Is University Worth It?

In VIth Form, the idea of going to university is almost automatic. The discussion about university courses is mostly about what and where. But not why.

But the ‘why’ warrants some thought, especially considering all the costs involved with going to university and weighing those up against the benefits, both monetary and personal.

Cost of a degree

A typical 3-year bachelor’s degree at a Russell Group university in the UK now costs just under £30,000 in tuition fees alone (more if you are an international student) plus at least another £11,000 - £13,000 a year for accommodation and general living expenses. Assume a total sum of £60,000 to £66,000 for a 3-year degree course. This amount of money would make anybody sit up and think about the value and return of such a hefty investment.

But do prospective students really know about and consider these costs? For me personally, at 18, university almost seemed ‘free’, because I knew I could qualify for some loans at least and that paying those back could be put off (in my head!) indefinitely. I don’t think I was alone in this thinking. Money is not on a teenager’s mind when deciding on university. Should an 18-year-old know what they want to do after leaving university to offset the expected future income against the debt they are about to accumulate? Most 18 years olds don’t, and hence we should use some methodology to assess the value of the degree we choose.

Value of a degree

There is evidently a lot to consider before attending university, and a good way to start is to look at how the benefit of obtaining a degree could improve your earnings later in life, therefore making the debt incurred ‘worth it’. The ‘future earnings potential’ is a good metric to put monetary value on a degree as it measures how much more income can be generated over a lifetime with a degree or without it. A very detailed 2020 report by the Department for Education and the Institute for Fiscal Studies (see link below) shows the real value of undergraduate degrees in most subject groups over a lifetime. In short, although many starting salaries for undergrads do not differ that much, over a longer period some degrees pay infinitely much more. Law, Economics and Medicine still far outpace the other disciplines. However, bear in mind that data, by default, are backward-looking, and that the pandemic may have broken the ‘supremacy’ of the traditional degree courses, as today probably the bio sciences and computer programming would top the future-earnings-potential list.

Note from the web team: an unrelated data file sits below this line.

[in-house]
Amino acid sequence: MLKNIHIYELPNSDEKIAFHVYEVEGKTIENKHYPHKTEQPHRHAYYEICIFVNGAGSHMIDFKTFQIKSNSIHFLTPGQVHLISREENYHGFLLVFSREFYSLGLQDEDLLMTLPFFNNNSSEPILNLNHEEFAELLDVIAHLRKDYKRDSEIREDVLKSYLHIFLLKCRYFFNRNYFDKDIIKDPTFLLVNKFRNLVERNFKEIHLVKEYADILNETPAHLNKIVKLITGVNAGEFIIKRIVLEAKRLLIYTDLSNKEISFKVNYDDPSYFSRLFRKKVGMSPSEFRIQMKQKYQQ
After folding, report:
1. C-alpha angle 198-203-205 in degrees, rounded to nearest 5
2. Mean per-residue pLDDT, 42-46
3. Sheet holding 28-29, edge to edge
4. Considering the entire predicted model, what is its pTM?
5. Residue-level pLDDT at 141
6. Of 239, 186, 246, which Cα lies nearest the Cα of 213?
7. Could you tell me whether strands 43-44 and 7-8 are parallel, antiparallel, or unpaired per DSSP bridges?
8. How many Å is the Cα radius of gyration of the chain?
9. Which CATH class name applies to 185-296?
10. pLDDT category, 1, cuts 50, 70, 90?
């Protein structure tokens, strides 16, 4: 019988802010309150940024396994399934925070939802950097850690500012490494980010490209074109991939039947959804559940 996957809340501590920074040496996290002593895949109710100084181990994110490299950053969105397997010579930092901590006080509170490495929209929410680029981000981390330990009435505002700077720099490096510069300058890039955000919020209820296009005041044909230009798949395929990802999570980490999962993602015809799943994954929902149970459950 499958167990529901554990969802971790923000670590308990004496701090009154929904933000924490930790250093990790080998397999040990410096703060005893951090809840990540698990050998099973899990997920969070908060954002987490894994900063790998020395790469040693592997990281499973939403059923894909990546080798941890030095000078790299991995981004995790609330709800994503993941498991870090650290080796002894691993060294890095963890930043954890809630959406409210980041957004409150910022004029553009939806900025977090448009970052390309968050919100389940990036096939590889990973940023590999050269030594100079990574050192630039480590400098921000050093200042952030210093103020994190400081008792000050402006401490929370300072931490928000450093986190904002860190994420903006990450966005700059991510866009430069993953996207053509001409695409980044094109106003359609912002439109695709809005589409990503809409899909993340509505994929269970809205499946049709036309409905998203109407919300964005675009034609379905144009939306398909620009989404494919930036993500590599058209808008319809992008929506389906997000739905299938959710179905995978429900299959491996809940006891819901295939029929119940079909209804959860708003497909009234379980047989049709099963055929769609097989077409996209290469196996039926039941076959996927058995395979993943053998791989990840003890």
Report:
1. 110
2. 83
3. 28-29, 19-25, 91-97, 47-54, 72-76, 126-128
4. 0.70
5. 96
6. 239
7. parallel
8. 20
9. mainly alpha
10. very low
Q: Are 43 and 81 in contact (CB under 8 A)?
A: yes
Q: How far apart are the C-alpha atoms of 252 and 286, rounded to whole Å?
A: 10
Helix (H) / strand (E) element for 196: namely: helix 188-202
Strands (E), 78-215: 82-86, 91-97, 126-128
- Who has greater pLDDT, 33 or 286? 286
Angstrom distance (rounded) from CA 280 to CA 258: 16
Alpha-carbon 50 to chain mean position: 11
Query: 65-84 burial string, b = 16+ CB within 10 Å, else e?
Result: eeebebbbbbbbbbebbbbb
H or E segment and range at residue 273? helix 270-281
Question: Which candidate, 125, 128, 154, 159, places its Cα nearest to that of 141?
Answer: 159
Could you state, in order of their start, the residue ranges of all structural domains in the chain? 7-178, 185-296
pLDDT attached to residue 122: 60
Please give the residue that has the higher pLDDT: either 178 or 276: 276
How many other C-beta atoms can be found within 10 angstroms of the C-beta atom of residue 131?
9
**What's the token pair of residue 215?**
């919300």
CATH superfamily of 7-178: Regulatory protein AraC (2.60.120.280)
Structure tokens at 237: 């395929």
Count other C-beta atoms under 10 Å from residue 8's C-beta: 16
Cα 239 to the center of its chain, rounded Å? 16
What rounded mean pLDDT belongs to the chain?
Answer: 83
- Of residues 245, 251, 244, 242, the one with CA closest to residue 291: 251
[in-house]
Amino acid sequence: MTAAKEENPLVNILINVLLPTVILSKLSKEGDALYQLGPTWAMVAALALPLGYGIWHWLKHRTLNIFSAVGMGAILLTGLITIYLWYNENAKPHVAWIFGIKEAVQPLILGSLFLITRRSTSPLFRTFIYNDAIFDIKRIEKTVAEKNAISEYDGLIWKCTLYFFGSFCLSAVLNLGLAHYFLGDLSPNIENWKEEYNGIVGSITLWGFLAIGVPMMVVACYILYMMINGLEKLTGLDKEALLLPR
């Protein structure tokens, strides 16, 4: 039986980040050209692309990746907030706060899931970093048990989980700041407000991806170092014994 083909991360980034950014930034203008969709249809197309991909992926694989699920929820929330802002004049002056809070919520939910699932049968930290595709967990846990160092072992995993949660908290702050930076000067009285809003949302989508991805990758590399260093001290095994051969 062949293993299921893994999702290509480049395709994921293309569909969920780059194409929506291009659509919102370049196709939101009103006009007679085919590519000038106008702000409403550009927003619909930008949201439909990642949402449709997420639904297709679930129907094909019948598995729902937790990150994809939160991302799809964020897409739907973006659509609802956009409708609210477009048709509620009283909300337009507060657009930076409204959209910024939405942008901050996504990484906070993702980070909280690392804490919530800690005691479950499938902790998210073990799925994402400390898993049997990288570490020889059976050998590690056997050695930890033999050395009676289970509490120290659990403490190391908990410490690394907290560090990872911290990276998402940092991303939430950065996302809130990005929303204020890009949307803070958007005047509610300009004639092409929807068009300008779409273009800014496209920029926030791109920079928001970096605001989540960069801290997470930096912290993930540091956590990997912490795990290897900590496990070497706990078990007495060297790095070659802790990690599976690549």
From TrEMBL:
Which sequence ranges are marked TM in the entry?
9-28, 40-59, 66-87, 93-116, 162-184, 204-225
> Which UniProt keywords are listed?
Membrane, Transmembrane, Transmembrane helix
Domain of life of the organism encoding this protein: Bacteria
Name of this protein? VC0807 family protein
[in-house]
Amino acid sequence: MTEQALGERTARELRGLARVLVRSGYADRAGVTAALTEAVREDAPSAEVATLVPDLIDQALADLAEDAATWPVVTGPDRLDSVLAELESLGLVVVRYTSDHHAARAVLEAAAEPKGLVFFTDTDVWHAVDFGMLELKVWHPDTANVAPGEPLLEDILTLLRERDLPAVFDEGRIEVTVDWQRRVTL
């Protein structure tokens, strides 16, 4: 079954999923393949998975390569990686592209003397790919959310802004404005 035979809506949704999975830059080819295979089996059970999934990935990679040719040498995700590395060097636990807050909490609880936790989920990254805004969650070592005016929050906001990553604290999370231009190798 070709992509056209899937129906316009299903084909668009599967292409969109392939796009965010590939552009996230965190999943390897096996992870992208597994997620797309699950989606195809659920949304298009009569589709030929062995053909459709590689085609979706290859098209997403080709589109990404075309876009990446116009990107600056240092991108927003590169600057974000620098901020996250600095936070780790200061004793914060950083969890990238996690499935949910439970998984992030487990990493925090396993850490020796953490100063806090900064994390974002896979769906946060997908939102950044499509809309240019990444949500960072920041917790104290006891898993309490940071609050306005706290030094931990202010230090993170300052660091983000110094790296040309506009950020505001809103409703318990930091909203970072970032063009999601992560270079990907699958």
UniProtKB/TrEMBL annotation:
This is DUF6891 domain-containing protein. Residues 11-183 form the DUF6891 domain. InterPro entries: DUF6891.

So other than a direct monetary value, there is the intangible value

There are a lot of other benefits to going to university than monetary value alone. If it were only about preparing for a job, we could all learn online faster and cheaper, but the various lockdowns showed being a ‘remote learner’ was missing the point of university. A lot was being said about ‘value for money’, indicating that we attach more value to attending university than only being educated in our subjects.

University is a place of unbridled learning (including peer-to-peer), socialising, and trying new things. Not only can you make friends for life but also, for many people, staying in halls will be the first time they have left home to live independently. This ‘rite of passage’ means that young people gain an independence and strength that they would most certainly not have if they had stayed at home. It is the carefree period between being a teenager and a young adult and all the responsibilities that come with it. University could be the making of you.

How to finance your degree

Organising the finances for your undergraduate degree will take some planning. Outside family funding, you can get government funding. The UK government offers loans for people from low-income households of up to £17,475 per year, tuition and maintenance inclusive. Times this by three, and you’ve got a pretty hefty loan of £52,425. Add to this the yearly interest rate, which at the moment is estimated at being around 5.6% per year for post-grads making over £27,296 a year and you can grasp how long this debt could follow you. Maybe it is worthwhile getting a part-time job to reduce the future financial burden of student-debt.

International students will not have access to such funding, but there are a good range of scholarships available from several universities directly and it is certainly worthwhile to search for what is specifically on offer for your country, your chosen university or for your chosen course.

But despite all the extra help, going to university in the UK is expensive. And whilst it might lead to a bit of a headache, thinking seriously about the pros and cons of attending university and what and where you want to study, should be highly encouraged. So, before you dive in, do the math. Your future self will thank you.

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